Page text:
Number lines are a great way to build number sense and to model operations. Centimeter rulers, centimeter number lines, and meter sticks can be paired with Base 10 Blocks and Cuisenaire Rods to model all kinds of math, including:

**Base 10 Blocks **

- Simple place value activities with Tens and Ones
- Addition, especially useful for adding multiples of 10, illustrating associativity (grouping Tens and Ones in any order), etc.
- Subtraction in ways corresponding to addition

**Cuisenaire Rods**

- FACT FAMILIES! These are the best possible way to model fact families for both addition/subtraction and multiplication/division
- Introducing multiplication as repeated addition, and, of course, division in the same way

Here are some images of number lines that you can insert into a document (several will fit on one page), print and copy. I suggest laminating the pages, of course. I cut the individual number lines out first, laminate them, and then trim the lamination to leave some border.

Always print a single sample page and measure the number line for accuracy. There are often small variations in the size of printed images depending on the software and printer being used. You want length of your number lines to be exact!

There are 2 different sizes of number lines.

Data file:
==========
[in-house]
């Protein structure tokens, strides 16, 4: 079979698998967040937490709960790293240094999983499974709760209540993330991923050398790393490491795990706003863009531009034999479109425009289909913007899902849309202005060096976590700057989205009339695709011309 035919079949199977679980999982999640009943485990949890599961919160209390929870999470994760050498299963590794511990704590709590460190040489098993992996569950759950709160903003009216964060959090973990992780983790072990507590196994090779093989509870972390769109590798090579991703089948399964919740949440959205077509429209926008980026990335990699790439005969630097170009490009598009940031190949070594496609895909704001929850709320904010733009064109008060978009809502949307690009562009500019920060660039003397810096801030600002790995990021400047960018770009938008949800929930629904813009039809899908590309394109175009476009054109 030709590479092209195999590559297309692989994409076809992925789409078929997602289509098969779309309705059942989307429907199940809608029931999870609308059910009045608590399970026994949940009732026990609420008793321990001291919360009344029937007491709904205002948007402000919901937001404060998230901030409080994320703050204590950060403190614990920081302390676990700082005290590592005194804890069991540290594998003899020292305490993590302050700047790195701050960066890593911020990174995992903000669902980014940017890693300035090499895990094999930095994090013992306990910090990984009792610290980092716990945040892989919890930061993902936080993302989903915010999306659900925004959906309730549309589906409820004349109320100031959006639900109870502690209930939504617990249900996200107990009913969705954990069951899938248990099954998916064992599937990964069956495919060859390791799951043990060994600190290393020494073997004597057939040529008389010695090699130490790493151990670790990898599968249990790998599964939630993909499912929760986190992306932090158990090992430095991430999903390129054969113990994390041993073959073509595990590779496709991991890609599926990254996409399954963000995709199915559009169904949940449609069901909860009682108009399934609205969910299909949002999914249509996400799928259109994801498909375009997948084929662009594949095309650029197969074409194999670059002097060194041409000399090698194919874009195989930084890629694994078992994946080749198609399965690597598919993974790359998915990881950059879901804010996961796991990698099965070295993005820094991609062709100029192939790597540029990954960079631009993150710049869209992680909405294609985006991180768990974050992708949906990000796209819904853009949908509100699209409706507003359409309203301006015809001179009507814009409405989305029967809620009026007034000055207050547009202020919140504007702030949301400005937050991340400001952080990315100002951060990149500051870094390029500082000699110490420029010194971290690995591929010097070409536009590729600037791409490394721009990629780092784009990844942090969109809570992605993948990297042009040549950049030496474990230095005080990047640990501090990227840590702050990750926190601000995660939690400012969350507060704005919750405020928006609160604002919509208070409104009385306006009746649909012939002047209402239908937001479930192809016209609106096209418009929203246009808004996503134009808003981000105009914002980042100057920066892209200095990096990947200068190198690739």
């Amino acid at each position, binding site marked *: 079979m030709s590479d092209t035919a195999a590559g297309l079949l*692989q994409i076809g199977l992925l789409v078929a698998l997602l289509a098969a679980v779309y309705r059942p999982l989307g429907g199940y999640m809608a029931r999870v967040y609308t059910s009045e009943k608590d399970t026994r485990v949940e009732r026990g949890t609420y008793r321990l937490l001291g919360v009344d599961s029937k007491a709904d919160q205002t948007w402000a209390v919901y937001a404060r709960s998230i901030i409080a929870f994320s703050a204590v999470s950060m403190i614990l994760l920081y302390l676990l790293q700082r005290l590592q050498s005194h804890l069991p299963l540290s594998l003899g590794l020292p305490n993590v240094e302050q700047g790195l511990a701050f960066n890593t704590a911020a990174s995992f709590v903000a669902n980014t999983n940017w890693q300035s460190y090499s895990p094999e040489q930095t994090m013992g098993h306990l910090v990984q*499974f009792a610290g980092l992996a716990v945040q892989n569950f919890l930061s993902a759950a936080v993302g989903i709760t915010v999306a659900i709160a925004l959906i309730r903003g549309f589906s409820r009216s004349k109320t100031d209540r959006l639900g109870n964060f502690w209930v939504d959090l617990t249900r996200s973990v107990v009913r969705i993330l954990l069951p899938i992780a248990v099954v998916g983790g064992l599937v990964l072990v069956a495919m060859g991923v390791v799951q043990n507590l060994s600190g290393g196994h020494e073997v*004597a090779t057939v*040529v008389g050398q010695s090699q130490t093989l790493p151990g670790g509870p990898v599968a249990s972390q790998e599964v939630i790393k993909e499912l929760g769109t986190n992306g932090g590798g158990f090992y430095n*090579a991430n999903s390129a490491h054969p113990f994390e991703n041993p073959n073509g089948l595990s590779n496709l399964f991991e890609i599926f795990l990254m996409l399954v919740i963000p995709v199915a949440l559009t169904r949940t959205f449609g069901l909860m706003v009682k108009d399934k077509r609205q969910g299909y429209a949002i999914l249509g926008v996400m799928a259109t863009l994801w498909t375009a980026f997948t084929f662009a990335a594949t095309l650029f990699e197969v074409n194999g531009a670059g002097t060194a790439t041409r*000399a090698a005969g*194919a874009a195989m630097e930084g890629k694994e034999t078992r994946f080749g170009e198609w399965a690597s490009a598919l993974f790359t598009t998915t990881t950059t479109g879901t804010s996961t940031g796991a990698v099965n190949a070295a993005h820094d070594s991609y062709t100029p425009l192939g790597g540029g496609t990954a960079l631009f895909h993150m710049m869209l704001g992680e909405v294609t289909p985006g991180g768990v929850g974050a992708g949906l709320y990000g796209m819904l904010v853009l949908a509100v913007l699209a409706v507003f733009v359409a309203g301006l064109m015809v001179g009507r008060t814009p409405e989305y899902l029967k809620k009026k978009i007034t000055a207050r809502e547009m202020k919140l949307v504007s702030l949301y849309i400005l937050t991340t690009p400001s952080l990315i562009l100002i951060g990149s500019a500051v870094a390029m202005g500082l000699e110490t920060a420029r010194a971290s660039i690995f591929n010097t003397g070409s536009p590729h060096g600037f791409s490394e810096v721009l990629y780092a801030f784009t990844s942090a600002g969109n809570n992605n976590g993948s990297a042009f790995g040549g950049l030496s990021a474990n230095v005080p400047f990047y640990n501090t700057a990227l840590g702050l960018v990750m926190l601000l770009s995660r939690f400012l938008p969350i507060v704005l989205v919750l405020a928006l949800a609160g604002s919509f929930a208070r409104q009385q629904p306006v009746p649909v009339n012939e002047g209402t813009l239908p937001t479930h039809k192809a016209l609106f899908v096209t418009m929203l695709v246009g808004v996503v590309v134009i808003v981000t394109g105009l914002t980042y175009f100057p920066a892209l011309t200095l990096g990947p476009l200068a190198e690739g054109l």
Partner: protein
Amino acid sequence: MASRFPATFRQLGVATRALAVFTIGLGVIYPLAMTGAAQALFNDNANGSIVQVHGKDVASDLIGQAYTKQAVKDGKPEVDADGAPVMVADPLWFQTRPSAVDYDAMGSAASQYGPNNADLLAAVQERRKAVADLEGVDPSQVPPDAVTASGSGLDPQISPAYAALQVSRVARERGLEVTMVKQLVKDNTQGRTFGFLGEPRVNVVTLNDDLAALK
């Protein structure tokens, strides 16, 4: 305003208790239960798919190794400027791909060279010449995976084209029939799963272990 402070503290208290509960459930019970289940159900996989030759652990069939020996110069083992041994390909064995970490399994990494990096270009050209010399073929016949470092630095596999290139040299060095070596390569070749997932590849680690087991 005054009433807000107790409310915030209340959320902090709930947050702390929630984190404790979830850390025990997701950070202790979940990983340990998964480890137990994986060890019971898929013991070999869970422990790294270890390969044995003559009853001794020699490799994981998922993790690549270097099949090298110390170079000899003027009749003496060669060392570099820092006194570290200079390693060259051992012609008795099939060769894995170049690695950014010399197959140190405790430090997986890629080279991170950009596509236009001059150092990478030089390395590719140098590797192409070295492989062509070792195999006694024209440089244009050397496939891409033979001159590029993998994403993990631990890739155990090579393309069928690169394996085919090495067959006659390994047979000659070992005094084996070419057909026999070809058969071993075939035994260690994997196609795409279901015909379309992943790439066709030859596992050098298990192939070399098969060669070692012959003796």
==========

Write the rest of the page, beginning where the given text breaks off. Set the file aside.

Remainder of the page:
40 cm – fits on 17 by 11” paper.

Many school offices have a copier/printer that can handle this size paper. The number line may run off the page on the right, depending on the printer.

To properly size the image on the page, lock the aspect ratio. Then set the length of the image to 16.75 inches.

56 cm (pictured at top right) – You need a poster printer to use this size. This can be inserted into poster-making software like Canon Poster Artist.

This is actually a double image intended to be folded lengthwise, so one side is not numbered. Of course, you can choose not to use the blank side and have only a numbered line if you wish. The (double) image size as is is 22.42″ long and 4.45″ wide.

The 56-cm number line is my favorite, because it fits easily on a student desk, and yet the range of numbers is big enough to illustrate any operation and concept including most basic multiplication facts. Meter sticks are difficult to use unless students are sitting at tables.

23 + 15 = 38

You can illustrate breaking apart, or decomposing, numbers easily with B10B.

This can also be expressed as 20 + 10 + 3 + 5, or 23 + 10 + 5.

Modeling 4 times 9 with Cuisenaire Rods.

This also shows 36 divided by 9, as in *“How many nines fit into 36?”*

This is measurement, or “quotative,” division.

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